Video Drones May Soon Send Data From High Seas

Drones are usually associated with unmanned flying vehicles, but autonomous watercraft are also becoming useful tools for jobs ranging from scientific exploration to law enforcement to searching for a missing airliner in the Indian Ocean. VOA’s George Putic reports on sea-faring drones.
Video

Video New Earth-Size Planet Found

Not too big, not too small. Not too hot, not too cold. A newly discovered planet looks just right for life as we know it, according to an international group of astronomers. VOA’s Steve Baragona has more.
Video

Video Copts in Diaspora Worry About Future in Egypt

Around 10 percent of Egypt’s population belong to the Coptic faith, making them the largest Christian minority in the Middle East. But they have become targets of violence since the revolution three years ago. With elections scheduled for May and the struggle between the Egyptian military and Islamists continuing, many Copts abroad are deeply worried about the future of their ancient church. VOA religion correspondent Jerome Socolovsky visited a Coptic church outside Washington DC.
Video

Video Critics Say Venezuelan Protests Test Limits of Military's Support

During the two months of deadly anti-government protests that have rocked the oil-rich nation of Venezuela, President Nicolas Maduro has accused the opposition of trying to initiate a coup. Though a small number of military officers have been arrested for allegedly plotting against the government, VOA’s Brian Padden reports the leadership of the armed forces continues to support the president, at least for now.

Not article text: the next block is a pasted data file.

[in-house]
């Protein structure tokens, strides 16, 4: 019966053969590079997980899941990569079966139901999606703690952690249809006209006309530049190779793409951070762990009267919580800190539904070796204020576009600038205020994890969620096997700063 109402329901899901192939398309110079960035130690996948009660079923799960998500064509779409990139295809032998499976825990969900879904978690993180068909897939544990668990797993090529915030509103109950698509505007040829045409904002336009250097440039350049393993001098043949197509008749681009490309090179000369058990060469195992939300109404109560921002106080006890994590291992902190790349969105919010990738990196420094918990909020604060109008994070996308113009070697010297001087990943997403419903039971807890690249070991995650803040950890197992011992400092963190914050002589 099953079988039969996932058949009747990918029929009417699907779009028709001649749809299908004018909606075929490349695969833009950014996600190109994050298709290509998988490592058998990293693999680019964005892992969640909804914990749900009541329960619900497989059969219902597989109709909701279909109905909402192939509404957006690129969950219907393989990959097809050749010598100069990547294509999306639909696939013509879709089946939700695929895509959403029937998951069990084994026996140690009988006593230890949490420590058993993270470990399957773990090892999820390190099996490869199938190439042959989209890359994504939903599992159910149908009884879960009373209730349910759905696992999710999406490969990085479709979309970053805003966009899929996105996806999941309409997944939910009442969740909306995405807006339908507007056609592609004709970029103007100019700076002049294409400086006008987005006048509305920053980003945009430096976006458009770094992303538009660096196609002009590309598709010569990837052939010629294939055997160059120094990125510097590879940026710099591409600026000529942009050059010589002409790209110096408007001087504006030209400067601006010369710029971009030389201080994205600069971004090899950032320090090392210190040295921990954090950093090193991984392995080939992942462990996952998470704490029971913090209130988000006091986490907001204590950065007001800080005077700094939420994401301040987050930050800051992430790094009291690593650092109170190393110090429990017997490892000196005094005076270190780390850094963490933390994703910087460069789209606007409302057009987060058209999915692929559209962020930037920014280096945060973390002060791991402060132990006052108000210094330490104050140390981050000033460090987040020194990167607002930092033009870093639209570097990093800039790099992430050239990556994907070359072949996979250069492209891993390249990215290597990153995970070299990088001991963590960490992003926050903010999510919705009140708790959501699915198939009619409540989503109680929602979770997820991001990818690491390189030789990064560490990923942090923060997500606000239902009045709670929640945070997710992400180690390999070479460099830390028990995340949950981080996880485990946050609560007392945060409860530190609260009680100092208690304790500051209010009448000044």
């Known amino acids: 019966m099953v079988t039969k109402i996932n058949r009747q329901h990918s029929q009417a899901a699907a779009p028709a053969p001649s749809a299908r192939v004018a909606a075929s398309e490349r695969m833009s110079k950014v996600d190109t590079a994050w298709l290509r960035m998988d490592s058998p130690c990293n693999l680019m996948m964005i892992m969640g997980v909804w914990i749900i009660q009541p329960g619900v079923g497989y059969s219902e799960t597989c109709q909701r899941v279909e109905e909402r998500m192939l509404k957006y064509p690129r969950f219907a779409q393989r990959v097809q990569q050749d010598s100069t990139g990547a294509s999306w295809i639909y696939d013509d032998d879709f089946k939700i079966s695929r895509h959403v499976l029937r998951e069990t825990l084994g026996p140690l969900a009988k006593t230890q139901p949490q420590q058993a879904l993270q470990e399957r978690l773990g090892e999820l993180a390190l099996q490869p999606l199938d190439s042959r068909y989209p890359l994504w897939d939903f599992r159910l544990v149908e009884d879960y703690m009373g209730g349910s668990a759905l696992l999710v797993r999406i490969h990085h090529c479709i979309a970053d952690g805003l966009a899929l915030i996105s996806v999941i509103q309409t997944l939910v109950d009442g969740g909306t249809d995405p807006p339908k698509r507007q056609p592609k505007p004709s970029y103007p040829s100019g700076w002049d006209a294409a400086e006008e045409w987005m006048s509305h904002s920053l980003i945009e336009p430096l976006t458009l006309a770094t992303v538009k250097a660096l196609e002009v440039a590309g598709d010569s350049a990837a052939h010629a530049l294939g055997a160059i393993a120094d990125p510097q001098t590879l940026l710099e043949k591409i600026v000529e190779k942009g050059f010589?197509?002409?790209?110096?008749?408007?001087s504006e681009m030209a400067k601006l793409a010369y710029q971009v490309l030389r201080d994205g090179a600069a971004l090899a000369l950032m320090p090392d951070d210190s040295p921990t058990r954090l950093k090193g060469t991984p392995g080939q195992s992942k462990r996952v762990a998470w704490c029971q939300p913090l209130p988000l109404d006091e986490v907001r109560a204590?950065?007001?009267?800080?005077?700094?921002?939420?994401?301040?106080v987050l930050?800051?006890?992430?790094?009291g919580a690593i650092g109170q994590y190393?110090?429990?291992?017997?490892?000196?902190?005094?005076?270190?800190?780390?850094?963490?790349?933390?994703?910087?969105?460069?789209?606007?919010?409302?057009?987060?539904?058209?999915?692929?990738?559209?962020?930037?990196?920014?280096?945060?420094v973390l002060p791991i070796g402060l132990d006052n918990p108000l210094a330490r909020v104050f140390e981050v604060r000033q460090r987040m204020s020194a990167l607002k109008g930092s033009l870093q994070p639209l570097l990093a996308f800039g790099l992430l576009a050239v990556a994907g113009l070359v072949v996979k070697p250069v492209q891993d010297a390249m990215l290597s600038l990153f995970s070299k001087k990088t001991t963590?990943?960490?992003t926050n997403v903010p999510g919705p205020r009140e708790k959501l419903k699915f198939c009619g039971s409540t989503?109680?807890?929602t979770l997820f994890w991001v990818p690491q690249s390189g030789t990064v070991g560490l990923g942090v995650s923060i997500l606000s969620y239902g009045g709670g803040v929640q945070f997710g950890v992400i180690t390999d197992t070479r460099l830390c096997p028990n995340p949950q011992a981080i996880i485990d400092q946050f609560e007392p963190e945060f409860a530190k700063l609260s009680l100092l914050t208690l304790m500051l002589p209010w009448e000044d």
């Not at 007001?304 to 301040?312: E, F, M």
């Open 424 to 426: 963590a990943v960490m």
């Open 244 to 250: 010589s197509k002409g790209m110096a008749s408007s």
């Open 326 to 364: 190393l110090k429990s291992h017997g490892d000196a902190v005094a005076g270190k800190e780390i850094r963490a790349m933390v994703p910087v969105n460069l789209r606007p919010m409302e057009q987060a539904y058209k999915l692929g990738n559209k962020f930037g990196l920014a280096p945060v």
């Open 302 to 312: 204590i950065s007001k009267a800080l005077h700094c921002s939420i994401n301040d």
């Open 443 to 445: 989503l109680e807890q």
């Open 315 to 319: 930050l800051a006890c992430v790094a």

Video

Video More Millenials Unplug to Embrace Board Games

A big new trend in the U.S. toy industry has more consumers switching off their high-tech gadgets to play with classic toys, like board games. This is especially true among the so-called millenial generation - those born in the 1980's and 90's. Elizabeth Lee has more from an unusual café in Los Angeles, where the new trend is popular and business is booming.
Video

Video Google Buys Drone Company

In its latest purchase of high-tech companies, Google has acquired a manufacturer of solar-powered drones that can stay in the air almost indefinitely, relaying broadband Internet connection to remote areas. It is seen as yet another step in the U.S. based Web giant’s bid to bring Internet to the whole world. VOA’s George Putic reports.
AppleAndroid